In his remarks, Khamenei — the ultimate decider in Iran — may have been seeking to increase Iranian leverage in the final phase of the talks and to counter domestic pressure on the U.S. side. Sensing that this is their last chance to influence the talks, groups such as the American Israel Public Affairs Committee and United Against a Nuclear Iran have taken out expensive newspaper ads and pressed congressional offices with demands for Iranian concessions that Tehran has made clear it will not accept.
Proponents of a possible accord concede that it will be far from perfect. Iran will be allowed to continue to enrich uranium at Natanz and will be left in possession of its other nuclear facilities, including a deeply buried site at Fordow and a heavy water reactor under construction at Arak. However, these sites will be modified in such a way that Iran would find it extremely difficult to break out and accumulate enough fuel for a bomb for at least a decade.
According to the parameters agreed to in April in Lausanne, Switzerland, the number of centrifuges at Fordow will be cut from 3,000 to 1,000 and will not be used to enrich uranium. The main enrichment plant at Natanz will mothball all but 5,000 of its 19,000 centrifuges, and Iran will reduce a stockpile of about 8,000 kilograms of low-enriched uranium to 300 kilograms — far too little to make a weapon even if further enriched.
Furthermore, the Arak facility will be reconfigured so that it produces only a minute amount of plutonium, another potential bomb fuel, and Iran will implement the Additional Protocol of the Nuclear Non-Proliferation Treaty to provide increased access to nondeclared sites suspected of illicit activity.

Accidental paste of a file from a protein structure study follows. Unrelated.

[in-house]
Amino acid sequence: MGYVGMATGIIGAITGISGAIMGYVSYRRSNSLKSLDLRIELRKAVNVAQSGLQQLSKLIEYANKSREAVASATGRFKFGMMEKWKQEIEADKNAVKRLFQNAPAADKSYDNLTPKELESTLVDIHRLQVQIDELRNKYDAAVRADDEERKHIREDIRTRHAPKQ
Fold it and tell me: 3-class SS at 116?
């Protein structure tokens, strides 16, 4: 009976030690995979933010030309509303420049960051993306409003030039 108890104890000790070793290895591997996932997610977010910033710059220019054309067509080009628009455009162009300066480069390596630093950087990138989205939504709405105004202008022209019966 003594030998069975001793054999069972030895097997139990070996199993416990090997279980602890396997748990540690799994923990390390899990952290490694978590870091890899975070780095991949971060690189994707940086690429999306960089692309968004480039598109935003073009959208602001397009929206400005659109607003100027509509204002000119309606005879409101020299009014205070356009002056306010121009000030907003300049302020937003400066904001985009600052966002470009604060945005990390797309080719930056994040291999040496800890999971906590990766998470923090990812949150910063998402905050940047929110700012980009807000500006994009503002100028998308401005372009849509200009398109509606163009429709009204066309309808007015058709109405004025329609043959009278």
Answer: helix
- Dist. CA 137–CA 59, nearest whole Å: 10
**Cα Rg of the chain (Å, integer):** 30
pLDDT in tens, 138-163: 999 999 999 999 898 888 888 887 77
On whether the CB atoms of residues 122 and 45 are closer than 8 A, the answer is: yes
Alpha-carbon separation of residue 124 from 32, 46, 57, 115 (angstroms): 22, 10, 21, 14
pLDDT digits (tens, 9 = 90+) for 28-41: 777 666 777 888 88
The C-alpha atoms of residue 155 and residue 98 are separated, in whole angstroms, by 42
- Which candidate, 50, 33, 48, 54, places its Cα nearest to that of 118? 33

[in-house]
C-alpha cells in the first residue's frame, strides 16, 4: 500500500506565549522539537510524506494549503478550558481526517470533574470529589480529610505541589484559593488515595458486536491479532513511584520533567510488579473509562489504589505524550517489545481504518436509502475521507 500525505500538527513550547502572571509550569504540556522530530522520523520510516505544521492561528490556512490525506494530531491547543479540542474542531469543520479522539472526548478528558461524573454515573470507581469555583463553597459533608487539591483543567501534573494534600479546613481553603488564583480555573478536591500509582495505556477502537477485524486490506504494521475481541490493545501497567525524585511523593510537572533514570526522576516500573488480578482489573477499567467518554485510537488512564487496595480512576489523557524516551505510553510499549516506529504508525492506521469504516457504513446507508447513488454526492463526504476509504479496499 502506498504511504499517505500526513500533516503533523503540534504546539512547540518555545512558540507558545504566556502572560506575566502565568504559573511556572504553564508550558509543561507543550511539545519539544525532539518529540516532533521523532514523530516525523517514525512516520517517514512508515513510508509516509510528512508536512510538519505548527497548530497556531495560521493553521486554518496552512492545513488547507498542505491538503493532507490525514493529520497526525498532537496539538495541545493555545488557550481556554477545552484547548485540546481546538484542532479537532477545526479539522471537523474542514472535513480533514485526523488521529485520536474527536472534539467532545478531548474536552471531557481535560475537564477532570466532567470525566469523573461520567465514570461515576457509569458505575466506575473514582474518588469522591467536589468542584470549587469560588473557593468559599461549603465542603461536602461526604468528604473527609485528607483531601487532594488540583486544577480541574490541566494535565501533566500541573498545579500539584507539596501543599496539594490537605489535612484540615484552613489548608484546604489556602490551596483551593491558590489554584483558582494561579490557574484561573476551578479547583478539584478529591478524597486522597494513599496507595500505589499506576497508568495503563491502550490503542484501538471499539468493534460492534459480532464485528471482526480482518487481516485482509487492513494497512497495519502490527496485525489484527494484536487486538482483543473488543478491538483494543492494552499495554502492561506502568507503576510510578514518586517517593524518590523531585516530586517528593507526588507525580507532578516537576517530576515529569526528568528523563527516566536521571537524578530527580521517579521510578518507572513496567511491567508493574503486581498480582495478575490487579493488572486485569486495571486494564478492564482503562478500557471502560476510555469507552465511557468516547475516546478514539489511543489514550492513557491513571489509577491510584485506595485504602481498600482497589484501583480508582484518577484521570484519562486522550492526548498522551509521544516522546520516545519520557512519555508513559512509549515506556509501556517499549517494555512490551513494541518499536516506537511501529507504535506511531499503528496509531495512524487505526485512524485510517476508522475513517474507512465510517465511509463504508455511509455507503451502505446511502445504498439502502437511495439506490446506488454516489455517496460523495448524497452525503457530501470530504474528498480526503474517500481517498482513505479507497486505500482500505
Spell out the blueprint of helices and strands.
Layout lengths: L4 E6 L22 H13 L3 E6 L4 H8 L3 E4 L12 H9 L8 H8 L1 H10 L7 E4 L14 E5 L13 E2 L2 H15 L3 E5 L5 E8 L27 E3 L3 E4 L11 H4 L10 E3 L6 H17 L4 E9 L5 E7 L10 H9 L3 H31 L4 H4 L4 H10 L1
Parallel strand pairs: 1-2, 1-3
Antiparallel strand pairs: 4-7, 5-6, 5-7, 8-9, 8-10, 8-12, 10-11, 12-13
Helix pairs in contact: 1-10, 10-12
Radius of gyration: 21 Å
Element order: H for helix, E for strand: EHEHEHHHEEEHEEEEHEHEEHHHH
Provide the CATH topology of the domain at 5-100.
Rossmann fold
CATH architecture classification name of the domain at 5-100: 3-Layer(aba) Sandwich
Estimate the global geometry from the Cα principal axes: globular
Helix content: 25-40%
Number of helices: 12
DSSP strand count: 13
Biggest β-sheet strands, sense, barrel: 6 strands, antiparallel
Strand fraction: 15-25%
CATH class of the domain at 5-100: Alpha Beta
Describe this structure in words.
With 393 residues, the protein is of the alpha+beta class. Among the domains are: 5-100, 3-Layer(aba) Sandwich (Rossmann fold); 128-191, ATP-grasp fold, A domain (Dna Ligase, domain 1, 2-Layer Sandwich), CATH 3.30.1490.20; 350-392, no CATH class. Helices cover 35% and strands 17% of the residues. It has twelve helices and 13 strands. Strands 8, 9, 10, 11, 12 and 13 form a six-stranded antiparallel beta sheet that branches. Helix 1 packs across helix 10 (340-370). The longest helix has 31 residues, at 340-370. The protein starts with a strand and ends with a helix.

Those close to the talks say the final differences are over the schedule for sanctions relief and the procedure for gaining International Atomic Energy Agency access to nondeclared sites, especially military ones. Final compromises will likely await the anticipated arrival in Vienna of U.S. Secretary of State John Kerry and his diplomatic counterparts later this week.
At an event at the Atlantic Council, a Washington think tank, last month, French Ambassador to the U.S. and former nuclear negotiator Gerard Araud predicted sleepless nights and melodrama as the talks reach a climax. He also said it was likely that the June 30 deadline will slip a bit.
Critics argue that the negotiators should threaten to tighten sanctions if Iran does not accept all their demands. U.S. and European officials counter that the sanctions regime — which they say helped elect Rouhani and bring a more skillful and flexible Iranian team to the negotiating table — has peaked and cannot be augmented in a meaningful way, absent a major Iranian provocation.
"If we were to walk away or if the Congress was to make it impossible for the agreement to be implemented ... I think the international community would be pretty reluctant, frankly, to contemplate a ratcheting up further of the sanctions against Iran,” British Ambassador to the U.S. Peter Westmacott said last month.
“My sense is that we're probably not far away from the high water mark of international sanctions against the Iranian economy,” he added.
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